The book discusses at length the options available for hospital nursing in England and abroad while also providing the specifics of midwifery, infirmary nursing, district nursing, military nursing, private nursing, message therapy, and becoming an asylum attendant. There is also brief commentary on the track men should take who want to enter the profession. Morten’s extensive lists of institutions with notes about wages, hours, vacation time, training schedules, and certifications recommended provide a window into the real considerations of nurses during this period and illustrate the diversity of experiences one could have. When describing the programs, Morten is fairly objective, especially with those in the United Kingdom. She offers her opinion more readily with the training opportunities in the colonies and the United States, which she considers to be superior to those in England. With nursing education in continental Europe, Morten delves deeper into the history of nursing in each respective country and mentions the differences in nursing practices the student might encounter between that nation and the United Kingdom.
While this book was designed for those considering entering the field seen by her inspirational chapter on eminent nurses like Florence Nightingale, Sister Dora, and her own mentor, Eva Lückes, it also served as a reference to those who were already nurses and wanted to work in a different setting, join a nursing society or guild, or remain current with nursing literature. Morten advises those who wanted to become matrons of their hospitals, which involved supervising the care of patients, attending to the needs of out-patients, managing the female servants, and instructing those who were in training to become nurses. Depending on the type and size of the facility, the responsibilities of the matron varied as Morten explains throughout the chapter, but the emphasis on housekeeping and nutritional matters for both the patients and medical personnel is striking to a modern reader who is used to viewing nursing in a more scientific light.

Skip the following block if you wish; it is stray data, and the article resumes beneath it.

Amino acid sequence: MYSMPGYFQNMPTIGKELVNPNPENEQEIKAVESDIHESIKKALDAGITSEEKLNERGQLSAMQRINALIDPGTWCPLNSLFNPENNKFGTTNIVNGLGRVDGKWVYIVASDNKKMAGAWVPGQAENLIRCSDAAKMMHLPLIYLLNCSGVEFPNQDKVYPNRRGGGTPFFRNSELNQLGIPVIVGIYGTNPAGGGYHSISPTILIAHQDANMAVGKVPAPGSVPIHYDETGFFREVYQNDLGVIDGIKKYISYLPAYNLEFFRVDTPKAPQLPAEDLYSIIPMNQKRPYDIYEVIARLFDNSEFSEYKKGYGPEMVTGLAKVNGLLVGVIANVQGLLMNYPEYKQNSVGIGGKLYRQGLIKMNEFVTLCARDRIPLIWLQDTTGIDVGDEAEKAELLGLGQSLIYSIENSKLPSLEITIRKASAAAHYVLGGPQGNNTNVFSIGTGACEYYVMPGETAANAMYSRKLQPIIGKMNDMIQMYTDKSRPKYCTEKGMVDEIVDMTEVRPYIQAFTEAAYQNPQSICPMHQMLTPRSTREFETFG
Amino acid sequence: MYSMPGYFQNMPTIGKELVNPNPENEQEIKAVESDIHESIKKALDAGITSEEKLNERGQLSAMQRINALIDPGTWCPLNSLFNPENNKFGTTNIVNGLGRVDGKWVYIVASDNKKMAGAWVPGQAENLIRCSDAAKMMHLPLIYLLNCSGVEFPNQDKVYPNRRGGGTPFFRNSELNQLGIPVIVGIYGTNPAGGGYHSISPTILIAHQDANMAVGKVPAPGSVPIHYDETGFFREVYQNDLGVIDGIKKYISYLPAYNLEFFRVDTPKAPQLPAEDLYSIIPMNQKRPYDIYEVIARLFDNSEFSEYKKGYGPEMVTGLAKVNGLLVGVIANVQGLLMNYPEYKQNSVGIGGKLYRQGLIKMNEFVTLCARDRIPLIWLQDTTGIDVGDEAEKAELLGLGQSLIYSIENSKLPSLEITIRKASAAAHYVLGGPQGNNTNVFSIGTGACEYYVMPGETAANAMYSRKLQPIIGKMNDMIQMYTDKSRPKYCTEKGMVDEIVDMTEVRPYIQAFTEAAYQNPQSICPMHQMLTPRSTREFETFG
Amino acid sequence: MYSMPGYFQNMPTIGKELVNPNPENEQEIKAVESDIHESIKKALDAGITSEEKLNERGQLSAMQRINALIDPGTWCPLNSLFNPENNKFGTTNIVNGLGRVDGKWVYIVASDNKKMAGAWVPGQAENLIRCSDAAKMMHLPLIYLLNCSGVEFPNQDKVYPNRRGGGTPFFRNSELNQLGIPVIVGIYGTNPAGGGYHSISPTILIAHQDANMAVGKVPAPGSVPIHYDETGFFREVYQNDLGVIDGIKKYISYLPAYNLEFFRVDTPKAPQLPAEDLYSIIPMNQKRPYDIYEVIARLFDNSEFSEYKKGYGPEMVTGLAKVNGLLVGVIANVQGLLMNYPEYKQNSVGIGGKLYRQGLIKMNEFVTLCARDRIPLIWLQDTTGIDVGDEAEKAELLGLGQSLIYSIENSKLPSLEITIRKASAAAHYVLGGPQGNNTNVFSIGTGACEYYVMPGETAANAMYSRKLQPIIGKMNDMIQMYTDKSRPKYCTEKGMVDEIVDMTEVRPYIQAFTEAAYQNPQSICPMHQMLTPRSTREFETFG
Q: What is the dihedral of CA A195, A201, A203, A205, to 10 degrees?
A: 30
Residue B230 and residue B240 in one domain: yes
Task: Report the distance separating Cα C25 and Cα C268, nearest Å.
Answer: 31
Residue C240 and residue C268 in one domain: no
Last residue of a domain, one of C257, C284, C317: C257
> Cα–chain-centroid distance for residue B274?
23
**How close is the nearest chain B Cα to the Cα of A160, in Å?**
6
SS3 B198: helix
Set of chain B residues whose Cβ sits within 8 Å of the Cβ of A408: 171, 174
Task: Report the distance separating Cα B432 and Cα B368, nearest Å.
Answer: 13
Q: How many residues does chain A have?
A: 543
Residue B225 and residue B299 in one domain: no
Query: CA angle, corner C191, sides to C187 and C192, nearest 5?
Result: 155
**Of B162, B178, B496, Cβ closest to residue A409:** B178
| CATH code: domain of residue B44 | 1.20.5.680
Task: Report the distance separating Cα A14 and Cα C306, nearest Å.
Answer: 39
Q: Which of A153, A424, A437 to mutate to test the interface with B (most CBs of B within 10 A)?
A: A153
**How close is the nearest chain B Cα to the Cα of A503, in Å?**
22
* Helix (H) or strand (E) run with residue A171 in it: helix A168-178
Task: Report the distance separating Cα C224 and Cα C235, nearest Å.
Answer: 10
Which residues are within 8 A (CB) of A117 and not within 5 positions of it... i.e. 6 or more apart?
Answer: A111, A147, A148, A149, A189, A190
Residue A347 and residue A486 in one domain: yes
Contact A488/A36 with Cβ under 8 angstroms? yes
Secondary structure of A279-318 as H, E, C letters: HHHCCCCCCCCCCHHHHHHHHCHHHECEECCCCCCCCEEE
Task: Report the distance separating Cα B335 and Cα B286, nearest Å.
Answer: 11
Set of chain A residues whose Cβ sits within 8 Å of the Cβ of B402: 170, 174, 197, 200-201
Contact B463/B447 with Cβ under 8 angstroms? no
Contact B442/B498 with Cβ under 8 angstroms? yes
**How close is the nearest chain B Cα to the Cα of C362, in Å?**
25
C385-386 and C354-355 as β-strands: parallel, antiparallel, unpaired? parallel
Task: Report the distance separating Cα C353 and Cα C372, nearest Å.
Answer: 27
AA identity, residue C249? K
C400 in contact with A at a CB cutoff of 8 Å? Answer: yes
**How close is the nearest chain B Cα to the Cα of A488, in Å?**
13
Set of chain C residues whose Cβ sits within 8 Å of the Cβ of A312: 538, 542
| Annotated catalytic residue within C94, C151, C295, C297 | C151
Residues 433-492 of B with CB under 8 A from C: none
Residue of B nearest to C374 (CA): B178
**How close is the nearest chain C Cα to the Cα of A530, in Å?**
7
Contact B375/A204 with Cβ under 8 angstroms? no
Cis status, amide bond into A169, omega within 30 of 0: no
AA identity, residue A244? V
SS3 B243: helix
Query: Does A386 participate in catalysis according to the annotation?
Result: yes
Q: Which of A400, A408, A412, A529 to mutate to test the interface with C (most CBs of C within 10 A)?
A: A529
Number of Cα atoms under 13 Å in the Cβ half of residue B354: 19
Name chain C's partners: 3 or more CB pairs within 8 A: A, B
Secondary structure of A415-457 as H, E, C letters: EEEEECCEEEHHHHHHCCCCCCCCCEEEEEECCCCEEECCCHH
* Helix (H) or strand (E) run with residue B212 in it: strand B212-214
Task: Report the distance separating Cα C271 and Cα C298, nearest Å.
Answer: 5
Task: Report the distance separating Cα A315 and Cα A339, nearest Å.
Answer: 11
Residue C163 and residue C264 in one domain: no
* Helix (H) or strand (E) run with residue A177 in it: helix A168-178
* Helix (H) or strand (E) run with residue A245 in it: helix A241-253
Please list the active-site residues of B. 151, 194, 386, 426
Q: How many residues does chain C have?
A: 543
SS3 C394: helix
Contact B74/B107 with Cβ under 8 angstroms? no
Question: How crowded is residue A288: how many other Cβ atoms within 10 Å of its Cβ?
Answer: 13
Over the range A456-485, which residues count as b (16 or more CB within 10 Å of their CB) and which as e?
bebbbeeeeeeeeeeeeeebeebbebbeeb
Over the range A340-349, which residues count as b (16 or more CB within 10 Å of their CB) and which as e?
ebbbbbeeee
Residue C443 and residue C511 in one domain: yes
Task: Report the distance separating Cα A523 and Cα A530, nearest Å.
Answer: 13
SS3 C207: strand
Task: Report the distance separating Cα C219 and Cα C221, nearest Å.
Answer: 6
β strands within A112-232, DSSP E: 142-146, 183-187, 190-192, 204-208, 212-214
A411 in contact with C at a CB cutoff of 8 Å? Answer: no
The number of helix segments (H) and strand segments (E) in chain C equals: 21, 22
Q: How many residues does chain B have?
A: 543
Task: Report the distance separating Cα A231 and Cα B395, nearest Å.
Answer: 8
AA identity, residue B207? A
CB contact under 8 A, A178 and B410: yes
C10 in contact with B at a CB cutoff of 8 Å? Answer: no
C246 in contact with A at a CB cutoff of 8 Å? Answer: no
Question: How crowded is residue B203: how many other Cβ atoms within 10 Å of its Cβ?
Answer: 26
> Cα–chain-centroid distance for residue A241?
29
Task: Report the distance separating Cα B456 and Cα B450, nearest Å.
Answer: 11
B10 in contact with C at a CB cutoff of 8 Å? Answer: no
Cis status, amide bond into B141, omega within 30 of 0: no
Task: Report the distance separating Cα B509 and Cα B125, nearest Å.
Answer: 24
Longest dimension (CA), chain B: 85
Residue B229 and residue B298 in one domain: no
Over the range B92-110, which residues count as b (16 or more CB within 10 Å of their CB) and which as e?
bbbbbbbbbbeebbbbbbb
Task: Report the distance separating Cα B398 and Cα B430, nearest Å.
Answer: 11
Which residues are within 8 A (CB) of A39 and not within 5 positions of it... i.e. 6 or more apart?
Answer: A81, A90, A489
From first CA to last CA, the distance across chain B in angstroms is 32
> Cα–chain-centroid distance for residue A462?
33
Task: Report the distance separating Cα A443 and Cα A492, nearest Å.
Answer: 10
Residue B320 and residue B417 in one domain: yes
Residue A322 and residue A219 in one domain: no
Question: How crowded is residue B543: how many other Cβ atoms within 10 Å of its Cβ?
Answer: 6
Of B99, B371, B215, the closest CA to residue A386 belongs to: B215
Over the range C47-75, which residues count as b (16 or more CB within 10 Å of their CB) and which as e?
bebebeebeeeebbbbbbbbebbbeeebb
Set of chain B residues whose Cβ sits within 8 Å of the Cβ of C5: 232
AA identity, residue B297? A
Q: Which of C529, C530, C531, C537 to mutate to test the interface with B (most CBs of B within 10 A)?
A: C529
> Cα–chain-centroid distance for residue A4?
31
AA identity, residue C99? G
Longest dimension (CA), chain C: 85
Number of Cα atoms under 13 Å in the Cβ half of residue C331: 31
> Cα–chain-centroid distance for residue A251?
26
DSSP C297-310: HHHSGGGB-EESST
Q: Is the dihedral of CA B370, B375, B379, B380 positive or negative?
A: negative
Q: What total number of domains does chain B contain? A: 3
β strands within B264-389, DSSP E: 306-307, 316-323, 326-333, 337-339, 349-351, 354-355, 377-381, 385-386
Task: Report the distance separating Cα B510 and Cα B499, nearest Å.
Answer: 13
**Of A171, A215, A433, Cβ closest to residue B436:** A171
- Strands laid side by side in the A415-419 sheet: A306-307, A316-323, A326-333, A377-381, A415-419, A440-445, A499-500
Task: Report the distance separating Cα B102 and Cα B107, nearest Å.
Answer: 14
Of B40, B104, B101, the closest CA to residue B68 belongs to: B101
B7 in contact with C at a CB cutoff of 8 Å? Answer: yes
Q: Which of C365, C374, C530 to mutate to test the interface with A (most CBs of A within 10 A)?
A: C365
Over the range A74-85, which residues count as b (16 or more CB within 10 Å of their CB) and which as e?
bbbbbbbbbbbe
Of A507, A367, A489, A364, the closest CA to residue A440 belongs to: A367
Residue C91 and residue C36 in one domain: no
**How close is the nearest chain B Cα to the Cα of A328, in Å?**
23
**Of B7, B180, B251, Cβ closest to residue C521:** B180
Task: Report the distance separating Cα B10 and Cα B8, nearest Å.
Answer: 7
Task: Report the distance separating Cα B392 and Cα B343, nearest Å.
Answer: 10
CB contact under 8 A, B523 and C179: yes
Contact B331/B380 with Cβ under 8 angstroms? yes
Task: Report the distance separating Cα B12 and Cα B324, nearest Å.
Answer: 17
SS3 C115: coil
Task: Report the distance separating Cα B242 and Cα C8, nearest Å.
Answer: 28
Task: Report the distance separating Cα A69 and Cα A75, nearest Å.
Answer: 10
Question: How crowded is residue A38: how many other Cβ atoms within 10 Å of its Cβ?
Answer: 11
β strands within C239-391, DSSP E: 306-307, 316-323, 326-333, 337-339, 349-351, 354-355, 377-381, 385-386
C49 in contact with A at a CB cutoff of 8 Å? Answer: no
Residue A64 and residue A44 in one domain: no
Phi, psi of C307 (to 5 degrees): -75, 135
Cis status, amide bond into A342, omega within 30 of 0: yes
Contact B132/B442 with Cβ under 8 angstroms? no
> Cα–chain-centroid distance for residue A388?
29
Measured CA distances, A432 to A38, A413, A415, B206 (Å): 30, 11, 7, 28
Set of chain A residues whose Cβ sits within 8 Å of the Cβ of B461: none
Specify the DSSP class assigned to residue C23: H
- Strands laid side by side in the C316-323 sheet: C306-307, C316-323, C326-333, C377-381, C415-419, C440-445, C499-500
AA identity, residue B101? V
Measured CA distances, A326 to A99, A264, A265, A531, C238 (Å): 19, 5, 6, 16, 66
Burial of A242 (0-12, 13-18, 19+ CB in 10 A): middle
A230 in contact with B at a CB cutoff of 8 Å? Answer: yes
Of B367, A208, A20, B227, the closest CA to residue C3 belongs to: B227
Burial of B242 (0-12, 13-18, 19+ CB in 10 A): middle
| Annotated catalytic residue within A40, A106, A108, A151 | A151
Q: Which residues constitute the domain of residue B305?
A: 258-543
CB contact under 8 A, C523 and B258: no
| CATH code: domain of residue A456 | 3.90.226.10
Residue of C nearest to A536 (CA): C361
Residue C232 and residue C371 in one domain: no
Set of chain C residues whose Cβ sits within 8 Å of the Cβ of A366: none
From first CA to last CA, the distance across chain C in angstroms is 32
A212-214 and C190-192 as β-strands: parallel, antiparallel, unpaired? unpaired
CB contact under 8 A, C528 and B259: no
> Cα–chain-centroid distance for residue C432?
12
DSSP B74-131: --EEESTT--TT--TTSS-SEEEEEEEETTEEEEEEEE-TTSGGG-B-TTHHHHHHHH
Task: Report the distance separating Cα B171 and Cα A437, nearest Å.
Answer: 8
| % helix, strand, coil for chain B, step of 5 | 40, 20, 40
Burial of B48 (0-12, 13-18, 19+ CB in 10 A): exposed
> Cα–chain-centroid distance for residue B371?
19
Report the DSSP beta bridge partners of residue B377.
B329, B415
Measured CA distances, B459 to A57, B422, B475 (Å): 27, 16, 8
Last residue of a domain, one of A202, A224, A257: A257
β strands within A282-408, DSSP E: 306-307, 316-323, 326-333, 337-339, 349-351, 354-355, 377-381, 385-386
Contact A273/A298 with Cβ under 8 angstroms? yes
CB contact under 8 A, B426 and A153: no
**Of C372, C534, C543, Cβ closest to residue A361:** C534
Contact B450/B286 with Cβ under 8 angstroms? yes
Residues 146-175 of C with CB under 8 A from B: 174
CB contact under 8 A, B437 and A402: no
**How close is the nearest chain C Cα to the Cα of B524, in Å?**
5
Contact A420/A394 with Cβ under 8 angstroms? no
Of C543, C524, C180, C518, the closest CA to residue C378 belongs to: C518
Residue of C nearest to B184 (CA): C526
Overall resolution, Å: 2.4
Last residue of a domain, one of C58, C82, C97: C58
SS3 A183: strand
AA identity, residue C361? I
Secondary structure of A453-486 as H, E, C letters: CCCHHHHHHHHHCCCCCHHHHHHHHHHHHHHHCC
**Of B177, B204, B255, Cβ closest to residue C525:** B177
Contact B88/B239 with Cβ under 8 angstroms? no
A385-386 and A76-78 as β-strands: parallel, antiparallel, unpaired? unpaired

In a review cited in the June 22, 1895 issue of The Hospital magazine, The British Medical Journal called How to Become a Nurse and How to Succeed a godsend for those frequently consulted on what steps should be taken to become a nurse, indicating its approval by the medical establishment of the time. For historians of today, this handbook reveals components involved in making nursing a laudable profession that could be learned in the classroom, by example, and by experience while also illustrating the non-uniform nature of the field during the 1890s. Certainly this manual is instrumental for understanding nineteenth-century medical knowledge and cultural attitudes, but it can also be a lens in discerning the ideas and actions of the next generation of nurses who prepared for their jobs with the tools and advice provided in Morten’s comprehensive guide.
Gabrielle Barr is currently completing a second year as a National Library of Medicine Associate Fellow at Northwestern University’s Galter Health Sciences Library & Learning Center.